152.  We wait to see how active the Commissioners' Fundamental Rights Group of Commissioners will be and what effect the Group will have on the development and implementation of Union legislation and policies enhancing respect for fundamental rights (paragraph 102).

153.  Ensuring Member States' respect for fundamental rights within the scope of application of EU law is a matter of concern, as recent developments surrounding the European Arrest Warrant demonstrate. Monitoring Member States is, however, a matter outside the scope of the present Communication (paragraph 107).

154.  The Fundamental Rights Agency is currently only a proposal and there are differing views on what its role should be, not just in relation to draft EU legislation but also the Member States. There is also a need to make clear how the work of the Agency would relate to the well-established role of the Council of Europe concerning the definition and safeguarding of human rights. The proposal is currently held under scrutiny and these are questions that we shall pursue further in that context (paragraph 116).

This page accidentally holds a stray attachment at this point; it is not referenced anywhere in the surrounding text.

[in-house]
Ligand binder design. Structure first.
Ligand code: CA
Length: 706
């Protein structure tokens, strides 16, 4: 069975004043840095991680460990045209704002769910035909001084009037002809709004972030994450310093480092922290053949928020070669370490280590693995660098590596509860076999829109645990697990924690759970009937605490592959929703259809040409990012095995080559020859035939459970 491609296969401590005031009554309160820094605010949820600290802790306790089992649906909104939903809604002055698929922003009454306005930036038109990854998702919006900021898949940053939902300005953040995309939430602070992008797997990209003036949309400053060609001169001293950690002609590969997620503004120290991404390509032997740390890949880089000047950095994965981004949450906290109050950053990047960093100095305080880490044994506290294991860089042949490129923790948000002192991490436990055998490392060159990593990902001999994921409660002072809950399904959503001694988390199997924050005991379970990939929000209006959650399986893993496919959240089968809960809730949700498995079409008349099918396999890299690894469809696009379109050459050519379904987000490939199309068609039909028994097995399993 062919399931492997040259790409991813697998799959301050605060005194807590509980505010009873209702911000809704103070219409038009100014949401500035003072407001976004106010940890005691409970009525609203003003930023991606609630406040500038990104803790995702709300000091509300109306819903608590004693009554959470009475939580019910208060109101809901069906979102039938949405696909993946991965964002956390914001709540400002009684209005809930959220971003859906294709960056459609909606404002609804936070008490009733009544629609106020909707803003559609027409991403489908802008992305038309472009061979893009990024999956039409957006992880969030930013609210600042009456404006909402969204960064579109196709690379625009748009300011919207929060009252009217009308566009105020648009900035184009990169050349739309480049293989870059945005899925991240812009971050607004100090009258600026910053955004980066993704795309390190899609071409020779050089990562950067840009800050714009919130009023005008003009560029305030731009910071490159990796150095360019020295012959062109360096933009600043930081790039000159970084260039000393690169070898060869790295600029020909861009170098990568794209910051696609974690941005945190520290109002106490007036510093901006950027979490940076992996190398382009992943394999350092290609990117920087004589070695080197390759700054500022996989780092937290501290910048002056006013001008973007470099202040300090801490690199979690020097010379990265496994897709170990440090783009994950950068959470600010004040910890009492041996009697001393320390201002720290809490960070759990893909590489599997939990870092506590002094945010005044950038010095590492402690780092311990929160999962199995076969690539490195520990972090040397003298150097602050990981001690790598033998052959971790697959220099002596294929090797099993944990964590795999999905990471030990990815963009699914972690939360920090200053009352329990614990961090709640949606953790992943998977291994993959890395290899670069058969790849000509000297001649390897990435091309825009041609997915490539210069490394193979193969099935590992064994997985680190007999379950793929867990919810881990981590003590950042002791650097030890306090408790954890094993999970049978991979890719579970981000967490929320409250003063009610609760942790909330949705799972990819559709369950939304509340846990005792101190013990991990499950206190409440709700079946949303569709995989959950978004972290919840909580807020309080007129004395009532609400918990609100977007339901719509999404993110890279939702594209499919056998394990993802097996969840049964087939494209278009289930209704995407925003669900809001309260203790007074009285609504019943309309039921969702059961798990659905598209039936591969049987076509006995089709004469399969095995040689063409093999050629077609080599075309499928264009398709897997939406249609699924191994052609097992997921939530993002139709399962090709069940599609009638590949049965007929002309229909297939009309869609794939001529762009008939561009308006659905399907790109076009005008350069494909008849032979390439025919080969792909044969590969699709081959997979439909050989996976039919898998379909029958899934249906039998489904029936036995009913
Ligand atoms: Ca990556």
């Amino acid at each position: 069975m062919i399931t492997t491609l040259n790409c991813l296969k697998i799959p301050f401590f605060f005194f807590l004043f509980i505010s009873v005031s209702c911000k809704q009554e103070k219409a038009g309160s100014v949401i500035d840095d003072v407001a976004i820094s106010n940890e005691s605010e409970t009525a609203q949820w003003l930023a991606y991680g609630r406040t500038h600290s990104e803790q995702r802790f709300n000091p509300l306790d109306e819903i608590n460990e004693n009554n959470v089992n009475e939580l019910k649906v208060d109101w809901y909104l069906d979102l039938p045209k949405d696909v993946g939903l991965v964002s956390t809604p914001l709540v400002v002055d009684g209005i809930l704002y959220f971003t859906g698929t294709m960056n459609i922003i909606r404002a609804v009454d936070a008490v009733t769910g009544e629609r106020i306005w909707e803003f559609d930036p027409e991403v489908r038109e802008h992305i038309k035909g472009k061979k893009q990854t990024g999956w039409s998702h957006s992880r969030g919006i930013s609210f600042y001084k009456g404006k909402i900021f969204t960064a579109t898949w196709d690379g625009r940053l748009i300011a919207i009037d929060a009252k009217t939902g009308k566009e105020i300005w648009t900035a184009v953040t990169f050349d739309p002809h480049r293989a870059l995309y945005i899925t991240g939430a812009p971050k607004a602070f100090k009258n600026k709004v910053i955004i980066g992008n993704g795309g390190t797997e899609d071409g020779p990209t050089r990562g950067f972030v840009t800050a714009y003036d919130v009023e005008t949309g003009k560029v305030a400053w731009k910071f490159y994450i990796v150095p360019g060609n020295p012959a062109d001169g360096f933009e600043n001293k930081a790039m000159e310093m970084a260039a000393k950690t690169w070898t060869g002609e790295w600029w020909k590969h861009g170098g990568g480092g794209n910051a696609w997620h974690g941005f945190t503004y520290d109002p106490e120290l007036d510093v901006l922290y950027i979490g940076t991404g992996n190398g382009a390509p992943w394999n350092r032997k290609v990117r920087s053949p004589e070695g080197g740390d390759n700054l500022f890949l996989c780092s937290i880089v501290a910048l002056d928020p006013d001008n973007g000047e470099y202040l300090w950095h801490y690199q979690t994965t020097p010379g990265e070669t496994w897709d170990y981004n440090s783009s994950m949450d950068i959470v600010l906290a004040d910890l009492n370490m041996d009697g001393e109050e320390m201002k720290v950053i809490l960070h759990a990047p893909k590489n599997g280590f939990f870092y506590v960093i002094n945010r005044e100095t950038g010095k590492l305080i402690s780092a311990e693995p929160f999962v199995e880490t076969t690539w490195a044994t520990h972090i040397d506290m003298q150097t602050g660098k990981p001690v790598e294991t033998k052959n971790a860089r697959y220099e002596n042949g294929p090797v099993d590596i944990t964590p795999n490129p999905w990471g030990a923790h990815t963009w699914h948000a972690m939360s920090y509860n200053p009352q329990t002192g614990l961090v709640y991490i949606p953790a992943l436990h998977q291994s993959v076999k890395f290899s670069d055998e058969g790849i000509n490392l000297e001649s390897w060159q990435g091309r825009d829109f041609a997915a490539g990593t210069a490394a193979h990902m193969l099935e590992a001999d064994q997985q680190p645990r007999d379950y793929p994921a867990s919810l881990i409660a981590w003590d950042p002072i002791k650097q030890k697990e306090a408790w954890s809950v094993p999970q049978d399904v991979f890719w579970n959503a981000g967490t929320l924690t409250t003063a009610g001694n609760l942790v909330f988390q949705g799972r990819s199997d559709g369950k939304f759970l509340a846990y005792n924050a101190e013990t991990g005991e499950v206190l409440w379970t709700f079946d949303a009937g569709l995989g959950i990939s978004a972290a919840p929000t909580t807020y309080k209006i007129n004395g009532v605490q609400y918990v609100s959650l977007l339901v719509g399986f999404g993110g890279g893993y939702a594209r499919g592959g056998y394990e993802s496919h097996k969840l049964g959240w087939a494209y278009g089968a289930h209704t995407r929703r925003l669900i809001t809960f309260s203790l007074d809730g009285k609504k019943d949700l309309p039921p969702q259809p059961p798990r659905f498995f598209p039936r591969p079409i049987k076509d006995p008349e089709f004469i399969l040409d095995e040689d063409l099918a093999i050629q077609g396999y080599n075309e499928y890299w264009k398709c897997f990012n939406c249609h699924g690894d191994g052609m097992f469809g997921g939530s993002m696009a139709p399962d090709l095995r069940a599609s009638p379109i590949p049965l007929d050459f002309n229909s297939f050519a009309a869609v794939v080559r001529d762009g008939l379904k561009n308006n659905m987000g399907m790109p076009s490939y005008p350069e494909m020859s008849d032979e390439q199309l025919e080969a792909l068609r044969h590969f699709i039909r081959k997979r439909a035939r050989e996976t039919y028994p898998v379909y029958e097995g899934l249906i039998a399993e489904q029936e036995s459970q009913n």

Publicising the Commission's internal monitoring of fundamental rights

155.  There is no doubt that the Communication is an improvement on the 2001 Decision, but it would have been even better had it provided practical ideas and means for improving communication with outsiders and enabling them to have an input. To encourage assertion of rights is the aim, but it is not best achieved by anything in the Communication. There need to be clearer mechanisms for NGOs and others to be able to identify problems and, in the language of the Communication, "assert their fundamental rights" in the preparation and passage of EU legislation. This is something to which we would urge the Commission to give further consideration (paragraph 124).